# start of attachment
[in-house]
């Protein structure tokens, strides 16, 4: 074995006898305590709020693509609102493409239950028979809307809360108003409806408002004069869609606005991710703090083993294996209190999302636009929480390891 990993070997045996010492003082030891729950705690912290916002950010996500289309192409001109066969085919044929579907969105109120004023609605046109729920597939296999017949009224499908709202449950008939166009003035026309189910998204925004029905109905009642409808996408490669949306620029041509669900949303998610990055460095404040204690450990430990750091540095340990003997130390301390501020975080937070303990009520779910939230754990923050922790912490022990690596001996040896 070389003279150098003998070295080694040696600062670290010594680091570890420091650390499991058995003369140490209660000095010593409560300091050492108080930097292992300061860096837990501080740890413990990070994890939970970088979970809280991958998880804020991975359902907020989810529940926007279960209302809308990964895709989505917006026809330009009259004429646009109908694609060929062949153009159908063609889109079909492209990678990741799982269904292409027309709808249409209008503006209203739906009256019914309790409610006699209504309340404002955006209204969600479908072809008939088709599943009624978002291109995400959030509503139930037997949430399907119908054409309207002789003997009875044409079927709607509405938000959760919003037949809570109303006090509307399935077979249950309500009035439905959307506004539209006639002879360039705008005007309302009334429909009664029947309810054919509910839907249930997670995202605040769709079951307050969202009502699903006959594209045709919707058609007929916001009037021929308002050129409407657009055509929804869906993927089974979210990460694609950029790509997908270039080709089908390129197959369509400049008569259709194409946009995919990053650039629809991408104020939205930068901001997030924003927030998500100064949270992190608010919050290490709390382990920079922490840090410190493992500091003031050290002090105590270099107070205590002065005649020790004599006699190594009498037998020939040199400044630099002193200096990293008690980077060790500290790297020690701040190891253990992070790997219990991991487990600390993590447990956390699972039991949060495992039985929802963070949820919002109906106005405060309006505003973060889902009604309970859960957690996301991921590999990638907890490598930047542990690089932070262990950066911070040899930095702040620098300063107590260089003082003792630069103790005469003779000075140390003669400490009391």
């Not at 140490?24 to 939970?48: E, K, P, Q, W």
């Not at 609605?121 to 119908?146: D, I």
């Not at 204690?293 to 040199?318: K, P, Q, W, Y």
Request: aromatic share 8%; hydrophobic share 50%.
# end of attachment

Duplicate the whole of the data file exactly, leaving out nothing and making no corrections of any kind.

[in-house]
């Protein structure tokens, strides 16, 4: 074995006898305590709020693509609102493409239950028979809307809360108003409806408002004069869609606005991710703090083993294996209190999302636009929480390891 990993070997045996010492003082030891729950705690912290916002950010996500289309192409001109066969085919044929579907969105109120004023609605046109729920597939296999017949009224499908709202449950008939166009003035026309189910998204925004029905109905009642409808996408490669949306620029041509669900949303998610990055460095404040204690450990430990750091540095340990003997130390301390501020975080937070303990009520779910939230754990923050922790912490022990690596001996040896 070389003279150098003998070295080694040696600062670290010594680091570890420091650390499991058995003369140490209660000095010593409560300091050492108080930097292992300061860096837990501080740890413990990070994890939970970088979970809280991958998880804020991975359902907020989810529940926007279960209302809308990964895709989505917006026809330009009259004429646009109908694609060929062949153009159908063609889109079909492209990678990741799982269904292409027309709808249409209008503006209203739906009256019914309790409610006699209504309340404002955006209204969600479908072809008939088709599943009624978002291109995400959030509503139930037997949430399907119908054409309207002789003997009875044409079927709607509405938000959760919003037949809570109303006090509307399935077979249950309500009035439905959307506004539209006639002879360039705008005007309302009334429909009664029947309810054919509910839907249930997670995202605040769709079951307050969202009502699903006959594209045709919707058609007929916001009037021929308002050129409407657009055509929804869906993927089974979210990460694609950029790509997908270039080709089908390129197959369509400049008569259709194409946009995919990053650039629809991408104020939205930068901001997030924003927030998500100064949270992190608010919050290490709390382990920079922490840090410190493992500091003031050290002090105590270099107070205590002065005649020790004599006699190594009498037998020939040199400044630099002193200096990293008690980077060790500290790297020690701040190891253990992070790997219990991991487990600390993590447990956390699972039991949060495992039985929802963070949820919002109906106005405060309006505003973060889902009604309970859960957690996301991921590999990638907890490598930047542990690089932070262990950066911070040899930095702040620098300063107590260089003082003792630069103790005469003779000075140390003669400490009391």
């Not at 140490?24 to 939970?48: E, K, P, Q, W």
């Not at 609605?121 to 119908?146: D, I």
């Not at 204690?293 to 040199?318: K, P, Q, W, Y």
Request: aromatic share 8%; hydrophobic share 50%.